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OBJECTIVES: To assess the impact of different types of background music on patients' anxiety and perceptions in a healthcare setting. BACKGROUND: An overwhelming number of studies in the West have been conducted on the use of background music in reducing patients' anxiety and their perception of hospitals. Despite the optimism for Western classical music in such settings, evidence documenting the successful use of this genre of music in waiting rooms across other people groups has, thus far, been inconclusive. METHOD: A single-blind randomized study in which a total of 303 participants were recruited from both surgery and radiology clinics using a between-groups experimental design. Patients were seated in the waiting room for at least 20 min while music (Western classical, lo-fi) or no music was playing in the background. Participants were then required to complete a questionnaire that consisted of a shortened 6-item State Trait Anxiety Inventory (STAI-6), and eight questions relating to overall perceptions of the hospital. RESULTS: The results from both clinics revealed that patients in the no music condition rated themselves as feeling significantly less anxious than those in either of the two music conditions. Patients' perceptions of the hospital's overall service and expectations were higher in the no music condition. CONCLUSIONS: Firstly, the choice of background music should match the differing pace of the day; for example, a more upbeat song would better fit the mood of a busy clinic, leading to a more "congruent" atmosphere. Secondly, playing background music in a "task-oriented" and highly charged/anxious environment may increase arousal levels, which in turn could result in negative perceptions of the hospital and an increase in anxiety among patients. Finally, music is a cultural product and music that primes certain beliefs in one culture may not have similar effects among other people groups. Hence, specific curated playlists are necessary to convey "intentions" to different people groups.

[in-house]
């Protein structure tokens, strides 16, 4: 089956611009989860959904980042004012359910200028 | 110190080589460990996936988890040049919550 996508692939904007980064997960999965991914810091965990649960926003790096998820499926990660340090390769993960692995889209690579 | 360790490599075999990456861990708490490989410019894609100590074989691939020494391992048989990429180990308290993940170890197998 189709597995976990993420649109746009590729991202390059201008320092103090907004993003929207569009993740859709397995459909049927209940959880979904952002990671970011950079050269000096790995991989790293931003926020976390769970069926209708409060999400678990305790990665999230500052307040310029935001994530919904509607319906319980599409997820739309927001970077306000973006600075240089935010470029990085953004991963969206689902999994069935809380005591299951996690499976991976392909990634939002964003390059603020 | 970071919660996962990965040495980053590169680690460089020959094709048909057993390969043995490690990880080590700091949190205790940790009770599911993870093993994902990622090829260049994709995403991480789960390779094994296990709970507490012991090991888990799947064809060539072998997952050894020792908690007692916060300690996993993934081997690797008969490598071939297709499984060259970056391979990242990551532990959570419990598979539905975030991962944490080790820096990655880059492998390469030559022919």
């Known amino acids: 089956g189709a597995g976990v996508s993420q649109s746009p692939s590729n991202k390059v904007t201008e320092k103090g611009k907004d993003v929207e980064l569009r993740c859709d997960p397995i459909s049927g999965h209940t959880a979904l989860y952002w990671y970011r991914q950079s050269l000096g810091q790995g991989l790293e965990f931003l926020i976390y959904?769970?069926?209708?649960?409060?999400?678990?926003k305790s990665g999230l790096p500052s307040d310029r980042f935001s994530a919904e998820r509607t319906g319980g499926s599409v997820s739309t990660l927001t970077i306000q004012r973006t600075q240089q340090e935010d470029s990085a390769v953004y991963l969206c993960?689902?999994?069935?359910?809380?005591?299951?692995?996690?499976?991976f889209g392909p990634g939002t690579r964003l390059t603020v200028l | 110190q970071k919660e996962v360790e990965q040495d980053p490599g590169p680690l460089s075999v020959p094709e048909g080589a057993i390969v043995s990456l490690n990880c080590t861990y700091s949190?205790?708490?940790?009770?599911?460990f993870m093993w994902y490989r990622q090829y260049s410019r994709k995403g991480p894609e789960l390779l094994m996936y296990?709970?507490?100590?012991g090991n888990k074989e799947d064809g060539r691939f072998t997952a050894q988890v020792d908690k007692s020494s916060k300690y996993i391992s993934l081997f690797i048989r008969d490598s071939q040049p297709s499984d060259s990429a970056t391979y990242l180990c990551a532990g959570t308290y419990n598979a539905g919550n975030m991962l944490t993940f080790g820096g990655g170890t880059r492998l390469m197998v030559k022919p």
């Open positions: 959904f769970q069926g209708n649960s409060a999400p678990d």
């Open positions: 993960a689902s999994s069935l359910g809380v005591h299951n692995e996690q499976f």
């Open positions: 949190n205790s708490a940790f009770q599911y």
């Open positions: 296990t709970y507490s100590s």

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Journal article



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anxiety, healthcare, music, perception